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Beckman Coulter 472137 Hemolyzing Reagent HbA1c Diluent

$178.10

Brand: Beckman Coulter
Manufacturer SKU: 472137
Analyzer Type: Chemistry Analyzer
Analyzer Series: AU Analyzer Series
Test Type: Diabetes Management
Test Name: Hemoglobin A1c (HbA1c)
SKU: 472137 Category:

Description

Product Description: Beckman Coulter 472137 Hemolyzing Reagent HbA1c Diluent

Diluent for HbA1c sample preparation.
For use as an A1c Level 1 calibrator for HbA1c and HbA1c2.
Also known as “SCD, HEMOLYZING SOLN 1000TEST CX/L”.
Compatible with AU 2000 Series Chemistry Analyzers
Compatible with AU 400 Series Chemistry Analyzers
Compatible with AU 600 Series Chemistry Analyzers

Intended Use: Beckman Coulter 472137 Hemolyzing Reagent HbA1c Diluent

The Beckman Coulter 472137 HbA1c reagent (Hemoglobin A1c) Hemolyzing Reagent , when used in conjunction with Beckman Coulter Systems, HbA1c Calibrators, and SYNCHRON and AU Hemolyzing Reagent, is intended for the quantitative determination of hemoglobin A1c concentration in human whole blood.
The absolute HbA1c and Total Hemoglobin (THb) values generated as part of the HbA1c assay are intended for use in the calculation of the HbA1c/Total Hemoglobin ratio, and must not be used individually for diagnostic purposes.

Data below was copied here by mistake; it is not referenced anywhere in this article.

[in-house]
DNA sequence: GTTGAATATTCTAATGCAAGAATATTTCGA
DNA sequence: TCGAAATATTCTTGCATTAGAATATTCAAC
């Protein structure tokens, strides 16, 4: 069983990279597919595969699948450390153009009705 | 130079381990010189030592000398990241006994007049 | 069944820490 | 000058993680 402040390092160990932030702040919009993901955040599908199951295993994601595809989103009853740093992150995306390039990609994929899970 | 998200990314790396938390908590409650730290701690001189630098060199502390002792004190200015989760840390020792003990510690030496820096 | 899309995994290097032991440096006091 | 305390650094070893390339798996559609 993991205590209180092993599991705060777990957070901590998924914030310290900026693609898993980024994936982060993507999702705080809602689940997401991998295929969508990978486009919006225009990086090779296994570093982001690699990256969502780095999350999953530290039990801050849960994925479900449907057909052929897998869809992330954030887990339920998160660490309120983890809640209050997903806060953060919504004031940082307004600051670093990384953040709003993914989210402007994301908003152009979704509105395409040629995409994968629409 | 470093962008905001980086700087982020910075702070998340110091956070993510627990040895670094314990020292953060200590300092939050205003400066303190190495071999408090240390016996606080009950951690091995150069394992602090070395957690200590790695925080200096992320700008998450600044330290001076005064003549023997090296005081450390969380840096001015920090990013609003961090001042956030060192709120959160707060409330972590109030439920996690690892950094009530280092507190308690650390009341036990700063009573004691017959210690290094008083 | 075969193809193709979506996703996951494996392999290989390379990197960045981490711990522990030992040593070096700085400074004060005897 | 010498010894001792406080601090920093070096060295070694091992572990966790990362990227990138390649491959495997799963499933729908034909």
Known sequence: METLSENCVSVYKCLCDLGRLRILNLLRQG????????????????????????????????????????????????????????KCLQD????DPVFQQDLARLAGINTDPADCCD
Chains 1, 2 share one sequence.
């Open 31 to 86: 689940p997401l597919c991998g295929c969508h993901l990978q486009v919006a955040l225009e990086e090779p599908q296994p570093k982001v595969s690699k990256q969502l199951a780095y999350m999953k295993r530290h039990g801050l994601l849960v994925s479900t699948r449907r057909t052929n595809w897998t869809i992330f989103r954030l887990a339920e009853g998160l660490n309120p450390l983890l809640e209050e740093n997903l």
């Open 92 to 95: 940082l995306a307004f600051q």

About Beckman Coulter 472137 Hemolyzing Reagent HbA1c Diluent

Measurement of hemoglobin A1c is accepted as a method to measure long-term glucose control in patients with diabetes mellitus (a chronic disorder associated with disturbances in carbohydrate, fat, and protein metabolism and characterized by hyperglycemia). Determination of HbA1c provides an important tool for monitoring the efficiency of dietary control and therapy during the treatment of diabetes mellitus. Long-term treatment of the disease emphasizes control of blood glucose levels in preventing the acute complications of ketosis and hyperglycemia. In addition, long-term complications such as retinopathy, neuropathy, and cardiovascular disease can be minimized if blood glucose levels are effectively controlled.

The process of conversion from hemoglobin A to hemoglobin A1c depends on the blood glucose concentration. Since the average life of a red blood cell is 120 days, measurement of hemoglobin A1c can reflect the mean daily blood glucose concentration over the preceding two to three months and provides a much better indication of glycemic control than blood or urinary glucose determinations.